Special features.

Special features on turntables have become pretty well standardized but can be very helpful to the audiophile.

The cuing control, which mechanically raises and lowers the tone arm, allows you to have precise control over the positioning of the stylus and thereby accomplish precision cuing. Many of the cuing controls are viscously damped so that the tone arm gently floats to the surface of the record preventing any damaging collision between the two.

Many turntables offer a variable speed control which slightly varies the speed of the turntable. Used in conjunction with a strobe pattern (also built into some models) it allows precise speed setting - not absolutely necessary, but nice.

Almost all models have a plug-in cartridge shell. With this feature you can keep several types of cartridges, if you want, and instantly switch cartridges depending on the situation.

Cartridges. (Abtastsysteme)

Phono cartridges are probably receiving the most attention of any part of the turntable ensemble. 4-channel is responsible and either matrix or the CD-4 discrete method put unusually heavy demands on a cartridge.

The matrix system involves extremely complex phase patterns, while the CD-4 system uses a 30k Hz carrier signal with modulated signals extending up to 45k Hz. This means that your cartridge has to be unusually versatile and offer outstanding performance if you have a 4-channel system.

Cartridge specifications.

Not all cartridge manufacturers give the same information concerning their cartridges, so you may have some trouble making comparisons. Generally, though, you will be able to find frequency response figures (even if unreferenced), channel separation, tracking force, stylus shape and compliance. On occasion, distortion figures are also given.

In selecting a cartridge, look for a minimum frequency response of 20-20k Hz, minimum channel separation of 25-30 dB, and, generally speaking, it is desirable to keep the tracking force at 2 grams or less.

The degree of ease with which the cartridge responds is known as "compliance" and the figure will usually look similar to this: 25x10-6 cm/dyne. Naturally, the higher the figure, the greater the compliance of the cartridge and the easier the stylus will be able to follow the signal in the groove. As a reference for compliance, keep in mind that 35x10-6 cm/dyne is considered high, while compliances below 20x10-6 cm/dyne are usually considered as being somewhat low.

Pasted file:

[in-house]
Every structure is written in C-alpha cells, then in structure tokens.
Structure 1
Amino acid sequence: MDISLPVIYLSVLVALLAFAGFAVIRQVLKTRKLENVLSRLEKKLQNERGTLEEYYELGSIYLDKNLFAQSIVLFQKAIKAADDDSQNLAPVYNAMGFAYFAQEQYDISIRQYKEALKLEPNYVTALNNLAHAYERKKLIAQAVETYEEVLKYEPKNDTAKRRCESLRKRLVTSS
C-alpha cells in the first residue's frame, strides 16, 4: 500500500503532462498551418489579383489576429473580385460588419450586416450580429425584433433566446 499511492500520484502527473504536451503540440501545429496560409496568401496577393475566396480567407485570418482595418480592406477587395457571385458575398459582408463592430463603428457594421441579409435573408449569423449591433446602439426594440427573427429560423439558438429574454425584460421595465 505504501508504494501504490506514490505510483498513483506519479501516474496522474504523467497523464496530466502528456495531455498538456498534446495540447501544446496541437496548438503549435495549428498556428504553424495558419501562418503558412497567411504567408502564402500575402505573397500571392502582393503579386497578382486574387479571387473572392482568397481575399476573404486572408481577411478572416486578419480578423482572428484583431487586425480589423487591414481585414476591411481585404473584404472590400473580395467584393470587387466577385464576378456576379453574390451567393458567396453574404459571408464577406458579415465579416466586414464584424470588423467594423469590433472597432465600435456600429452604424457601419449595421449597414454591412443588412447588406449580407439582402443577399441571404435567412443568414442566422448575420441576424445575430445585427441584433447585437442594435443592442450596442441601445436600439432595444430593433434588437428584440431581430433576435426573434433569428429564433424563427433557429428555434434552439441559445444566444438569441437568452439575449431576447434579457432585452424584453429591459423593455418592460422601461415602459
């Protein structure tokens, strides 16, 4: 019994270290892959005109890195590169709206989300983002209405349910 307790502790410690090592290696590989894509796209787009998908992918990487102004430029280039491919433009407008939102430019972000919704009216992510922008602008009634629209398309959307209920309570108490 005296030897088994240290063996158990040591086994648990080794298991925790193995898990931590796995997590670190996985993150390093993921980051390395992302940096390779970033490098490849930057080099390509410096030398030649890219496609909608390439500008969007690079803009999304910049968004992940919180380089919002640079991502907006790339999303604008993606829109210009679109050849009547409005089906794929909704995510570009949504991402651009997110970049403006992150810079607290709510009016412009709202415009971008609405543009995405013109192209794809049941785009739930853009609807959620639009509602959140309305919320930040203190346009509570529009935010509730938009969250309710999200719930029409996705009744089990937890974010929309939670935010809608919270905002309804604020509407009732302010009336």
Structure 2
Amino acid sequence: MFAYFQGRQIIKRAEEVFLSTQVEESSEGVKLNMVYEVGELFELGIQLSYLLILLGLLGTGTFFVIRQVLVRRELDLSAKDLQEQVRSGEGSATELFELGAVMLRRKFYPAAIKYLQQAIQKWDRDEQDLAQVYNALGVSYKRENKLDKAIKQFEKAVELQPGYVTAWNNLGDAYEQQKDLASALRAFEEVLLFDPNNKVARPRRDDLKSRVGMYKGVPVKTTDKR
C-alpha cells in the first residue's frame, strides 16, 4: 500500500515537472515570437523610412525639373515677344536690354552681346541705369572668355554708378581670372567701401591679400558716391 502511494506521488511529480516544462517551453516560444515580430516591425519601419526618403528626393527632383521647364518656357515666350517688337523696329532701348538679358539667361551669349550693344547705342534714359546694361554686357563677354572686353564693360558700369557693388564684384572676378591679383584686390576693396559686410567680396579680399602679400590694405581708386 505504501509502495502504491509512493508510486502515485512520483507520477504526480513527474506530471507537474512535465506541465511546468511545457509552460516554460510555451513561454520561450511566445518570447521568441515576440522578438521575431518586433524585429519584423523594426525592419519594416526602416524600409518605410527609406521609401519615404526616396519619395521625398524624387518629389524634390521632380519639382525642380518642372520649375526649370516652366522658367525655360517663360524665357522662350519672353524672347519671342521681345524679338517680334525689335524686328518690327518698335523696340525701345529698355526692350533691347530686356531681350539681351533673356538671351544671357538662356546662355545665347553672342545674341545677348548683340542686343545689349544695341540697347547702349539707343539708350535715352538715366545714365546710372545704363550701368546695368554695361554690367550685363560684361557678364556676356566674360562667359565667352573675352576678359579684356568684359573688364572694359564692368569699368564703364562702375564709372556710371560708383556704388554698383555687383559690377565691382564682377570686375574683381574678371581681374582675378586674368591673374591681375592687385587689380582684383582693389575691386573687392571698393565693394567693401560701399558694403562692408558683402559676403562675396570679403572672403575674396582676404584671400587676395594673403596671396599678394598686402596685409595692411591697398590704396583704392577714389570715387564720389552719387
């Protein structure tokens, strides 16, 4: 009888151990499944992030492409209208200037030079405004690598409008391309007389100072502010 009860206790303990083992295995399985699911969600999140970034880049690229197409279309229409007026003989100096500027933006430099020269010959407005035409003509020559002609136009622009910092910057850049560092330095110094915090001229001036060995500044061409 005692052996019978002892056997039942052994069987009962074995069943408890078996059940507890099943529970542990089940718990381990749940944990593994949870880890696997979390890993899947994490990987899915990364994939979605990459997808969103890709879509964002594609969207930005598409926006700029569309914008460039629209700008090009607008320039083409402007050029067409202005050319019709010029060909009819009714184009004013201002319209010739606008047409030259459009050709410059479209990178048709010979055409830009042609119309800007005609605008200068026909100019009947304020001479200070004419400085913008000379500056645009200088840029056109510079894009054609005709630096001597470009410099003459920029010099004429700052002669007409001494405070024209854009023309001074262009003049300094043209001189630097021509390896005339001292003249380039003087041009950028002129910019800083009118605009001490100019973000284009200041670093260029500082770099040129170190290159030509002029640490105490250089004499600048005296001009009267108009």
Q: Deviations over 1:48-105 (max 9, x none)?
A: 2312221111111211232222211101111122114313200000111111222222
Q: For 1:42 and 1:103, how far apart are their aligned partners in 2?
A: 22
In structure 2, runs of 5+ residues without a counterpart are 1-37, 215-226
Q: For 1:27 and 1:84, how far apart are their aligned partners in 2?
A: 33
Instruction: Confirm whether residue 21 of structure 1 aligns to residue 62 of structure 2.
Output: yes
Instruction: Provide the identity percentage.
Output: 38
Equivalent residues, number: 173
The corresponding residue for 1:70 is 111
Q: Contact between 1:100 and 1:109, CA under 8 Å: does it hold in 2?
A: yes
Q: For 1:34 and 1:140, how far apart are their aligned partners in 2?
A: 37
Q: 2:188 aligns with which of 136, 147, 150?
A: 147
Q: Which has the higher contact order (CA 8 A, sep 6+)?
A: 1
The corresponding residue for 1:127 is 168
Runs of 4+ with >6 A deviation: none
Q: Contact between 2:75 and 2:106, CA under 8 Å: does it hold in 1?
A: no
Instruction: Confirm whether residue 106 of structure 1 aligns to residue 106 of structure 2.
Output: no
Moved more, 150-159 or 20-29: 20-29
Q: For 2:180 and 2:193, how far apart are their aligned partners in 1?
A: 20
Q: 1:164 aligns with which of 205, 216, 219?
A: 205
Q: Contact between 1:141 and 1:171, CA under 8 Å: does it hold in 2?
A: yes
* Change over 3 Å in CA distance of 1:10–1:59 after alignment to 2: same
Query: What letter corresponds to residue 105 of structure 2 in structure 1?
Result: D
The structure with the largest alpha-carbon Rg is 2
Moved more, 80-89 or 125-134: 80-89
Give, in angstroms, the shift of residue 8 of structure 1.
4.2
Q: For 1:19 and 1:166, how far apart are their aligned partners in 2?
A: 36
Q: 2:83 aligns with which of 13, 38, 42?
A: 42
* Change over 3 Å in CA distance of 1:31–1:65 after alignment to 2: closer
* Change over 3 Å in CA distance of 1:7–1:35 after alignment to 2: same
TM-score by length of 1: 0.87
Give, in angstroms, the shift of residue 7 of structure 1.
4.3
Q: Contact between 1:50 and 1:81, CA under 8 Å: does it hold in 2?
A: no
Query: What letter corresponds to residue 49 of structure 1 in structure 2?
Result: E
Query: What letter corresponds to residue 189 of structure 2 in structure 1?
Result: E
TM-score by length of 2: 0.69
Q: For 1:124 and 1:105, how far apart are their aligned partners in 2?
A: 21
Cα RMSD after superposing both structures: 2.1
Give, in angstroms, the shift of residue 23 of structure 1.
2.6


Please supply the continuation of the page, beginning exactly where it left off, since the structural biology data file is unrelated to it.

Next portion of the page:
Two kinds of styli are generally available today, the spherical and the elliptical types. JVC's Shibata stylus, which has a tip designed to contact more groove surface area is available on a limited scale. Audiophiles are now generally using the elliptical stylus since its tracking ability is much better than the spherical type.

Compact systems.

There is a wide range of compact systems available to the person who wants to buy a stereo or 4-channel complete system and know that everything has been pre-matched for best performance.

To qualify for our compact system SHOPPER a system must include at least a turntable and amplifier - most will also have speakers and a built-in tuner. Some require you to select speakers or they have built-in cassette or cartridge tape recorders. You can have either stereo or 4-channel systems, various output powers, home-type or portable units and, usually, provisions for external components.

All this means that you can find about whatever you want in a complete system. Because of the diversity of features, it is almost impossible to give general guidelines for selection of a unit. The best idea is to check the listings for a unit which has the components you want, then try to find the unit in your nearest purchase point and listen to the unit perform.

In this SHOPPER you can find the "record player" you want regardless of your definition of that term.

Nachtrag und Anmerkung

Es hatte mich erstaunt, daß so viele Amerikaner - vor allem junge Männer - mit einem sogenannten "budget" Compact-System zufrieden waren, aber auch die mit zu uns rüber gekommenen Frauen. Da konnte man im "Commissarry" für 100 Dollar eine SONY-Console mit Plattenspieler und Kassettenrecorder und Tuner und Verstärker und 2 Boxen bekommen. So klang das natürlich auch.  Aber zum Kochen brauchte die Frau nur etwas Gedudel, weiter nichts. Heute (1980) läuft in den Küchen der Fernseher und niemand schaut hin. Das hat sich aber in den letzen 40 Jahren dann doch geändert.